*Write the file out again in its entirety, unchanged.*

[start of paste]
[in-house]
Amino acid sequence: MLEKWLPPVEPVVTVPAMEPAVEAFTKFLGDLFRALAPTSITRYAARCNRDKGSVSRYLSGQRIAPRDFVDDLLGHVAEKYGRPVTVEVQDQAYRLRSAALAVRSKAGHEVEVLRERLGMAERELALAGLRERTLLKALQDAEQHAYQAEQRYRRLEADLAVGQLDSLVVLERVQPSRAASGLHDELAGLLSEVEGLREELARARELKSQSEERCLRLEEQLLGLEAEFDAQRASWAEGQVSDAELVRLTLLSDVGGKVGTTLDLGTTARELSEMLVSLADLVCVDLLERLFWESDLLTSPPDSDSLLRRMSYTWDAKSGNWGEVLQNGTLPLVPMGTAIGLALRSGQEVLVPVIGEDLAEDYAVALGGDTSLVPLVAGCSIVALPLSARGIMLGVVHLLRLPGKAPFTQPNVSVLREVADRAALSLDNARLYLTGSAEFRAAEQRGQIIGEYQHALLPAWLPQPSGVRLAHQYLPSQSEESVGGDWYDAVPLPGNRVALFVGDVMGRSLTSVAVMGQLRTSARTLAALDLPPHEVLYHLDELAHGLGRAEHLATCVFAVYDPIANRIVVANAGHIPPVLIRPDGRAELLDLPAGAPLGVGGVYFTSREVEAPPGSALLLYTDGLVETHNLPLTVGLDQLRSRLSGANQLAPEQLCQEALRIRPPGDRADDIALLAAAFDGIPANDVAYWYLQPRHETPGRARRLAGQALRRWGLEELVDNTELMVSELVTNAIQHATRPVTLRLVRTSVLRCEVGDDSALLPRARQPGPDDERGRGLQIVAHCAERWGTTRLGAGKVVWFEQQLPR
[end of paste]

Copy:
[in-house]
Amino acid sequence: MLEKWLPPVEPVVTVPAMEPAVEAFTKFLGDLFRALAPTSITRYAARCNRDKGSVSRYLSGQRIAPRDFVDDLLGHVAEKYGRPVTVEVQDQAYRLRSAALAVRSKAGHEVEVLRERLGMAERELALAGLRERTLLKALQDAEQHAYQAEQRYRRLEADLAVGQLDSLVVLERVQPSRAASGLHDELAGLLSEVEGLREELARARELKSQSEERCLRLEEQLLGLEAEFDAQRASWAEGQVSDAELVRLTLLSDVGGKVGTTLDLGTTARELSEMLVSLADLVCVDLLERLFWESDLLTSPPDSDSLLRRMSYTWDAKSGNWGEVLQNGTLPLVPMGTAIGLALRSGQEVLVPVIGEDLAEDYAVALGGDTSLVPLVAGCSIVALPLSARGIMLGVVHLLRLPGKAPFTQPNVSVLREVADRAALSLDNARLYLTGSAEFRAAEQRGQIIGEYQHALLPAWLPQPSGVRLAHQYLPSQSEESVGGDWYDAVPLPGNRVALFVGDVMGRSLTSVAVMGQLRTSARTLAALDLPPHEVLYHLDELAHGLGRAEHLATCVFAVYDPIANRIVVANAGHIPPVLIRPDGRAELLDLPAGAPLGVGGVYFTSREVEAPPGSALLLYTDGLVETHNLPLTVGLDQLRSRLSGANQLAPEQLCQEALRIRPPGDRADDIALLAAAFDGIPANDVAYWYLQPRHETPGRARRLAGQALRRWGLEELVDNTELMVSELVTNAIQHATRPVTLRLVRTSVLRCEVGDDSALLPRARQPGPDDERGRGLQIVAHCAERWGTTRLGAGKVVWFEQQLPR